Earlier this summer Alan Shearer publicly backed his former international team-mate Frank Lampard to fill the vacant hot-seat at Chelsea. His reasoning was three-fold.
The 41-year-old Stamford Bridge legend knows the club ‘better than anyone else’; the fans want him; and due to Chelsea’s transfer ban throwing up all manner of uncertainties ‘Lamps’ is exactly the stabilising figure needed right now.
At first glance it is difficult to find anything too contentious with these statements: certainly a reasonable case can be made for each.
Except then it’s recalled that on April Fool’s Day of 2009 Newcastle United were facing the very real prospect of losing their top flight status for the first time in 16 years and in desperation turned to a St James’ Park legend. He knew the club better than anyone else. The fans wanted him. And he was exactly the stabilising presence needed in dire straits.
In Shearer’s eight games in charge they lost five and eventually succumbed to relegation on the final day.
It is of course harsh to compare the two situations. The Premier League’s record goal-scorer was thrown right into the deep end, with his hands tied behind his back and somehow expected to keep a poisoned chalice afloat.
Lampard meanwhile will face no such crisis in West London and furthermore has a year’s experience of management under his designer belt at Derby. At this juncture, however, let’s revise the notion that Lampard has done an excellent job for the Rams. He took over a side that finished sixth the previous season and promptly capitalised on his considerable stature to loan in a highly rated trio of Chelsea and Liverpool superstars-in-the-making. Derby finished 2018/19 in sixth.
Even so, in both examples the principle is the same. It is a club turning to an unschooled individual to do a job that in normal circumstances would be many levels above their pay-grade, and they are chosen largely because for several years they did an entirely different job for that club very well indeed. It is a principle that is deeply flawed.
That very same ethos saw Ryan Giggs temporarily installed in the Old Trafford dug-out following the sacking of David Moyes in the spring of 2014. “Give it Giggseh ‘till the end of the season,” Manchester United fan Andy Tate iconically implored via Full Time Devils’ YouTube channel and the board eventually complied, only to discover that his famed ability to fly down the wing had no direct correlation with giving inspirational team-talks or devising tactical masterplans. United finished a disappointing seventh.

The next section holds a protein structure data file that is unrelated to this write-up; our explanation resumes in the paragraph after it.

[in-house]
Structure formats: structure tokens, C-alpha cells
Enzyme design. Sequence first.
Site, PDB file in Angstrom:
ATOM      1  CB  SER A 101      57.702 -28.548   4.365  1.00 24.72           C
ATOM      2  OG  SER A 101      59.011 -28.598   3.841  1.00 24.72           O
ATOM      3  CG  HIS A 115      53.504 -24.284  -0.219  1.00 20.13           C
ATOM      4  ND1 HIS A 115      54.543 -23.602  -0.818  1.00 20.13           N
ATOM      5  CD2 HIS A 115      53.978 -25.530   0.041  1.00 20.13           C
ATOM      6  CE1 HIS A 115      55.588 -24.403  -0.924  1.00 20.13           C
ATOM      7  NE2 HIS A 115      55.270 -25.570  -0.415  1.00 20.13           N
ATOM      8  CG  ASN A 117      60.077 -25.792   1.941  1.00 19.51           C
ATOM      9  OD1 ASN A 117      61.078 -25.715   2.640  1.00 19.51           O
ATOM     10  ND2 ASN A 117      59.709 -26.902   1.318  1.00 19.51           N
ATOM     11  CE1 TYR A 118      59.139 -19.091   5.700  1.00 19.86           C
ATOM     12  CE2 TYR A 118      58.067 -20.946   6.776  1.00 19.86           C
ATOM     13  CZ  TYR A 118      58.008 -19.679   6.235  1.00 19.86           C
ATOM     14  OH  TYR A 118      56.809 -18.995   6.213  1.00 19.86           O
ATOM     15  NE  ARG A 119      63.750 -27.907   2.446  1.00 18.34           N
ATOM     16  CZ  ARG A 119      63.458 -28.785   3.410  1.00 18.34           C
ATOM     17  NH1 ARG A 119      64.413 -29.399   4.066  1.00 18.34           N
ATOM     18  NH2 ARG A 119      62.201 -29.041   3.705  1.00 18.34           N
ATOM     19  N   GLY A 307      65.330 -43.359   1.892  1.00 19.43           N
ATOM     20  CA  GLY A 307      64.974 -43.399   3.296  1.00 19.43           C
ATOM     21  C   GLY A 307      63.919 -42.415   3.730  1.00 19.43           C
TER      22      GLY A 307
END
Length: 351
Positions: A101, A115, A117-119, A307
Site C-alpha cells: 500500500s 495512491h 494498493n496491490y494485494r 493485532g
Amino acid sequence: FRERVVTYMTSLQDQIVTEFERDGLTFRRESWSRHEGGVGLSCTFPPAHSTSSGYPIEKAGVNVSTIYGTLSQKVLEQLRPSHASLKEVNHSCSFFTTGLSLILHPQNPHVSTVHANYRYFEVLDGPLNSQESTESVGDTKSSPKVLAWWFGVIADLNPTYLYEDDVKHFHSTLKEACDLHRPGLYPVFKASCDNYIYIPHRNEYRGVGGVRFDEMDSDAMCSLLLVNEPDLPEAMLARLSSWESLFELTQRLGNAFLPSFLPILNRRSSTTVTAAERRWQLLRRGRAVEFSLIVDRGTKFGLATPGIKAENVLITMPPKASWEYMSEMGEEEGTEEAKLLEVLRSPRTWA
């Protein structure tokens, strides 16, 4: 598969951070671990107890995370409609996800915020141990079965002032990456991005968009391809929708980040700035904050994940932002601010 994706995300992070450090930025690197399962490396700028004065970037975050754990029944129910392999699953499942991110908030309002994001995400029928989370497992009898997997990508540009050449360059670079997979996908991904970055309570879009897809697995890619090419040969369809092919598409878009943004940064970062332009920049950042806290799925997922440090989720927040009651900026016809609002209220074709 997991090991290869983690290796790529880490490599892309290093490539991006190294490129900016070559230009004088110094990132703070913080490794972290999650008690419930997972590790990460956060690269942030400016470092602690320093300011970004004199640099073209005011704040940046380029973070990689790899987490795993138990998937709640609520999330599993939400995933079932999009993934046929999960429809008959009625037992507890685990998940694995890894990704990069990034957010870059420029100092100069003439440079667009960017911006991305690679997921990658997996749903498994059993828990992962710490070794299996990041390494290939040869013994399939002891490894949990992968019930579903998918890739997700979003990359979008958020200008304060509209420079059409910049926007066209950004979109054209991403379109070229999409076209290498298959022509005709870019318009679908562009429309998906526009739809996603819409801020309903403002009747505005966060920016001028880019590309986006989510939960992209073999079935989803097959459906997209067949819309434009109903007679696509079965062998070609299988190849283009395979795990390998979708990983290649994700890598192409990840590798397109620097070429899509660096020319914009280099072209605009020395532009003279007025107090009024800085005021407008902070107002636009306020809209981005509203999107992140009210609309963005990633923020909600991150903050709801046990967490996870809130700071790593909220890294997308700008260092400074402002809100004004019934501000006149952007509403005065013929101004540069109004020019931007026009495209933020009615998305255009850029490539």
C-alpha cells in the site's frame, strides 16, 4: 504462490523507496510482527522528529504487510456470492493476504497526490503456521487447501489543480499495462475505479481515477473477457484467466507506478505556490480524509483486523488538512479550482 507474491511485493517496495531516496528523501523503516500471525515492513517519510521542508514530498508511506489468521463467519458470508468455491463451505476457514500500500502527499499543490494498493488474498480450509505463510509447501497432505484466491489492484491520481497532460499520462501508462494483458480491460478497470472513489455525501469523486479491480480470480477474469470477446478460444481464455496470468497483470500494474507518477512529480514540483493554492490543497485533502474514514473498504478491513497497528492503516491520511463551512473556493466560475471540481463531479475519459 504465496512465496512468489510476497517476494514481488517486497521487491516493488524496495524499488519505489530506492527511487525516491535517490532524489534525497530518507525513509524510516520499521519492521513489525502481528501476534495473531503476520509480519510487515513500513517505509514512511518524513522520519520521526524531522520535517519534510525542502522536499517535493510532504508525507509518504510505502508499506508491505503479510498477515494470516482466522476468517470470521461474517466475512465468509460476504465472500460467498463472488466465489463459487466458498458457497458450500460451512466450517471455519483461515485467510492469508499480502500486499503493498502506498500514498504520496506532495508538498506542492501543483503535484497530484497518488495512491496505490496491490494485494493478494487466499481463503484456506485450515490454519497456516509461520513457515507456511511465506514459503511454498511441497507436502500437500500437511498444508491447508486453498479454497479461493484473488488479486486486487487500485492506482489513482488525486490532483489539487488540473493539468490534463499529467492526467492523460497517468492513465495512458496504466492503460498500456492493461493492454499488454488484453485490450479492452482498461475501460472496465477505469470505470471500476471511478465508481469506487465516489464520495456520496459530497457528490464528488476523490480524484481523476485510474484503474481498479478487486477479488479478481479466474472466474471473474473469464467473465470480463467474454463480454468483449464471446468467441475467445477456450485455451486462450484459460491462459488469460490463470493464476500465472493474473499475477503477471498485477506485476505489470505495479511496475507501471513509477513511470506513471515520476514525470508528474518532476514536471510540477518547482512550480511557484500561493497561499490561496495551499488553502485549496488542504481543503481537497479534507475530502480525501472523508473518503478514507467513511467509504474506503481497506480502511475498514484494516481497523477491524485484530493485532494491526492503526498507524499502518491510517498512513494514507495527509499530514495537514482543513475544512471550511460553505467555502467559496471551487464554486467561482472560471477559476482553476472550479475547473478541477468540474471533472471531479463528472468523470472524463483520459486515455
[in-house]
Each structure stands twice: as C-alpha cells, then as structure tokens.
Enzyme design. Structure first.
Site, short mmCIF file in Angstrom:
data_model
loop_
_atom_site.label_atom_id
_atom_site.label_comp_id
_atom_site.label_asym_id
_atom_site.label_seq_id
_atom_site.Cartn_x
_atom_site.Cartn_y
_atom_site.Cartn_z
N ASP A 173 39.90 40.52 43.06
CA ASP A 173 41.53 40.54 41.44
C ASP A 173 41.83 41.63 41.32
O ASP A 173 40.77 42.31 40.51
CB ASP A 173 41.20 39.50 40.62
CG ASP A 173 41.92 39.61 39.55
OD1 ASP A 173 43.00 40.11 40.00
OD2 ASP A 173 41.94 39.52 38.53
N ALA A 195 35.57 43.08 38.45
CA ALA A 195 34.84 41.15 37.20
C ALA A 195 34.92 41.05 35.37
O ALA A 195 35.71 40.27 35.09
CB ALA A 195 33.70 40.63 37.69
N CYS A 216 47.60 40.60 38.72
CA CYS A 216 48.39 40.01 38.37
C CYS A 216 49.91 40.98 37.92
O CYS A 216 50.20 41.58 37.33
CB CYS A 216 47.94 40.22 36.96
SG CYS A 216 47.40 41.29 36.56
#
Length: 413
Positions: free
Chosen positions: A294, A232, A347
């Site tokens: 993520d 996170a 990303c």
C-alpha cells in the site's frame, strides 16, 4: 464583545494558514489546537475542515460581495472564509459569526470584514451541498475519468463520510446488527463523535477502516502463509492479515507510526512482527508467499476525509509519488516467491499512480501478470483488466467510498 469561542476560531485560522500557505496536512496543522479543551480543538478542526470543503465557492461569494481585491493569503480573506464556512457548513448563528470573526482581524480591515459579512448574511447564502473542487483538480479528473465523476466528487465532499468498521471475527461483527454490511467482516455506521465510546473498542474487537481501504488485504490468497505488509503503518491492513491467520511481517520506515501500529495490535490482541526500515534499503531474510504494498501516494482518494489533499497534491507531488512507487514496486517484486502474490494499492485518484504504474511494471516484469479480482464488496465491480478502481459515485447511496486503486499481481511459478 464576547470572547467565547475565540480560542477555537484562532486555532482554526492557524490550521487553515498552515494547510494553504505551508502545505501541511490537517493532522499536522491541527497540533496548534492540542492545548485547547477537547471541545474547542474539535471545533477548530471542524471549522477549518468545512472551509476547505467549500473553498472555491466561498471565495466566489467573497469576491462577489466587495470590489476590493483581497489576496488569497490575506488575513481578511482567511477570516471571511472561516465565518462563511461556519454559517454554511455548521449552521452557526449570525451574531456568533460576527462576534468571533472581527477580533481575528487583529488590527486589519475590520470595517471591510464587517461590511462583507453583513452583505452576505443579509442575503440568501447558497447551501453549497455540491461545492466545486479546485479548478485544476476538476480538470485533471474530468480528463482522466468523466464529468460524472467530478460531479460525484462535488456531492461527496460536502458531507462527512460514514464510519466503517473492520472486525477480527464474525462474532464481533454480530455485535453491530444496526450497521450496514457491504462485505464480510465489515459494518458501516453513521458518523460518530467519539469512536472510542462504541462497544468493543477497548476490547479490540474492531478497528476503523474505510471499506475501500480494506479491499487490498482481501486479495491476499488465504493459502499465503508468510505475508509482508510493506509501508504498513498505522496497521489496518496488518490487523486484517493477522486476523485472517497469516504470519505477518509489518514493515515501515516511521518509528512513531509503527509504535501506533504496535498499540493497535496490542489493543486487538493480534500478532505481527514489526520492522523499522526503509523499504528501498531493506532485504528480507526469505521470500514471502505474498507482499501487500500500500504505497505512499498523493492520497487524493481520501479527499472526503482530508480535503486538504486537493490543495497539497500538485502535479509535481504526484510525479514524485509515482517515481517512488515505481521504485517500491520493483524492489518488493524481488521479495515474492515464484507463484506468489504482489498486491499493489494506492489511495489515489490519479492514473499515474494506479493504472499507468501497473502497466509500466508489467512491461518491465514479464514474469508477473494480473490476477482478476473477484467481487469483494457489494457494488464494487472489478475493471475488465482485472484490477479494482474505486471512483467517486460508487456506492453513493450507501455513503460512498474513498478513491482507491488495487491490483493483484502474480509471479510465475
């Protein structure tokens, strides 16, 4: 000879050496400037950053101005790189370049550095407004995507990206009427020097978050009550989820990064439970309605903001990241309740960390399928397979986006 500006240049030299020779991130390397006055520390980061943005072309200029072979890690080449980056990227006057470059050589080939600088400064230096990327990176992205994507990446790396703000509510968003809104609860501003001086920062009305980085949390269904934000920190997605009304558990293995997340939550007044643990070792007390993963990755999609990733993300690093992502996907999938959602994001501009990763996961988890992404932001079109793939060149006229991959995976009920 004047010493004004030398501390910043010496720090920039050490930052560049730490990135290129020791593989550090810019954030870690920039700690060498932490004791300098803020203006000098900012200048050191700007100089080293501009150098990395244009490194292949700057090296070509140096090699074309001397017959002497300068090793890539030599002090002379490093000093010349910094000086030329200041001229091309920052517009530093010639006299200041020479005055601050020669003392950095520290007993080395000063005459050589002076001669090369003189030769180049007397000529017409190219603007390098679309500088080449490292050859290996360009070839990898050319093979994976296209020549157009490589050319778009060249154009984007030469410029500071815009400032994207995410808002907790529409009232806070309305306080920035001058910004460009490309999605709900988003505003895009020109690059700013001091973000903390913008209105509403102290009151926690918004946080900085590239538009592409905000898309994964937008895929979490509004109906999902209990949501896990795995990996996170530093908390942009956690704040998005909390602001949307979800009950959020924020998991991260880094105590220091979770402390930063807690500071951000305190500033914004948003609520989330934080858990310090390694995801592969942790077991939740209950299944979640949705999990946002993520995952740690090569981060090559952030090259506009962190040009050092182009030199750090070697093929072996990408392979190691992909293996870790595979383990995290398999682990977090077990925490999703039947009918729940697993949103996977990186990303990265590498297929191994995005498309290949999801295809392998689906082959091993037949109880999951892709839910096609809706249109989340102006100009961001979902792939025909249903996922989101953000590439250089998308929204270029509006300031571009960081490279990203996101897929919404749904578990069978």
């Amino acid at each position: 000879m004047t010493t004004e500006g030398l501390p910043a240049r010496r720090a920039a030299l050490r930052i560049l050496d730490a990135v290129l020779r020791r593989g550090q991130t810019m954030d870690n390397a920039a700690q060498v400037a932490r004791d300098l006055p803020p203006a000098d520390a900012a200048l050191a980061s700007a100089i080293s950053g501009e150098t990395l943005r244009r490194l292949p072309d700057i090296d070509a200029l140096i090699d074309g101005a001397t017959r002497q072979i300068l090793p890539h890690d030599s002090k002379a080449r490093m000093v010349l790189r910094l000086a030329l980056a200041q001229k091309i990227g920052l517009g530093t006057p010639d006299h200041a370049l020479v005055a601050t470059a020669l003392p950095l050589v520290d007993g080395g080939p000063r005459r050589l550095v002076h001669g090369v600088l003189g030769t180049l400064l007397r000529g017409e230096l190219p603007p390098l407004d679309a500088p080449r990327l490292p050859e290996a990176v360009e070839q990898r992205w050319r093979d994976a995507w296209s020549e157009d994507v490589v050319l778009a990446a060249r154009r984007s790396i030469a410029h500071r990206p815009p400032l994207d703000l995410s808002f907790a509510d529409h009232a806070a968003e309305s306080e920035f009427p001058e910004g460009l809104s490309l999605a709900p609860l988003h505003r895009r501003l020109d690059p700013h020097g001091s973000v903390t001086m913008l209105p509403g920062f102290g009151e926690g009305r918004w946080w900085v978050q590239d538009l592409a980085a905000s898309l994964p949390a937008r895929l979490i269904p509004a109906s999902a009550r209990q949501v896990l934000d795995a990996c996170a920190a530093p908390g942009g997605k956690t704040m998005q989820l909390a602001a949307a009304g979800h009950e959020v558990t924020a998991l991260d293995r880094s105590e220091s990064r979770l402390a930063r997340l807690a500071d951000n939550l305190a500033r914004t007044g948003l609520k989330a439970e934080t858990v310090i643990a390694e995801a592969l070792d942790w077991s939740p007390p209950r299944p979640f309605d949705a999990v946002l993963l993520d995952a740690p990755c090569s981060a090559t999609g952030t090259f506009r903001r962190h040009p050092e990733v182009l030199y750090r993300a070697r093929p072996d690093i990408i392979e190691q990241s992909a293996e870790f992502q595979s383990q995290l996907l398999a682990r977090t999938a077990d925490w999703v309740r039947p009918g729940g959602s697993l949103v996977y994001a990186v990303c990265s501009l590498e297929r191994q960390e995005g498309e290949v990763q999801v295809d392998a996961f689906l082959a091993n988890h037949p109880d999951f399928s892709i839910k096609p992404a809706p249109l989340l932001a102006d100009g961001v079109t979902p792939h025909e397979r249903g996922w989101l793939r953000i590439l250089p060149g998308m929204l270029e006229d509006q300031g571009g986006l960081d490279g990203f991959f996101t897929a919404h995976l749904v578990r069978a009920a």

The following season Nottingham Forest sought out the services of Stuart Pearce – who unlike the three brilliant players but rookie coaches mentioned to this point – at least had a decade’s worth of managerial experience. Unfortunately that experience had proven beyond any doubt that Pearce was – how to put this kindly – a bit rubbish in a match-day suit. But this was Psycho. He knew the club. He got the club. For twelve years he had given everything and more on the pitch and thus had built up a sincere and spiritual connection with the fans.
Pearce, though, predictably bombed and with just three wins from 21 Championship games he was gone by February.
This is not to suggest naturally that fast-tracking a former playing great into a seat where he used to be barked instructions from is always a doomed endeavour. It worked out spectacularly well for Howard Kendall at Goodison Park, while it’s fair to say that Kenny Dalglish’s transition from Liverpool striker to Liverpool boss in the nineteen-eighties was an unqualified success. At Barcelona the metamorphosis of Josep Guardiola from midfield creator to a creator of teams didn’t turn out too bad either.
Yet the ideal remains flawed all the same and much more pertinently is completely incongruous with how the rest of football functions.
Football is big business. It is cruel and utterly ruthless and is governed only by balance sheets and league tables. A likeable kid doesn’t make the grade? Tough, he’s gone. A seasoned veteran who has given his best years to a singular club is showing signs of slowing down? Give him a testimonial then send him on his way.
Whereas here, with the Frank Lampard’s Chelsea appointment and last season’s reunion of Manchester United and Ole Gunnar Solskjaer, what we’re witnessing is the heart ruling the head, a sentimentality at play that is entirely at odds with the dog-eat-dog mentality of a multi-billion pound industry. And perhaps too a wistful nostalgia.
Because after all can anyone really argue that Solskjaer was the best qualified for the United job based solely on managerial merit? Had he banged in countless goals for Liverpool would the 13-time Premier League champions have looked to Scandinavia to bring down a coach whose only previous managerial experience in England was an immensely troubled one? Of course not and the same questions and answers apply to Lampard too.
What they offer is a strong echo of a recent and glorious past and if that was achieved via a completely different skill-set so be it.
Stepping back from the appointments and taking in the wider view it could be argued that after 27 years of existence the Premier League is beginning to get dewy-eyed for yesterday, even romantic.
Whether that’s a good thing or a bad thing is hard to determine but it’s a flawed strategy nonetheless.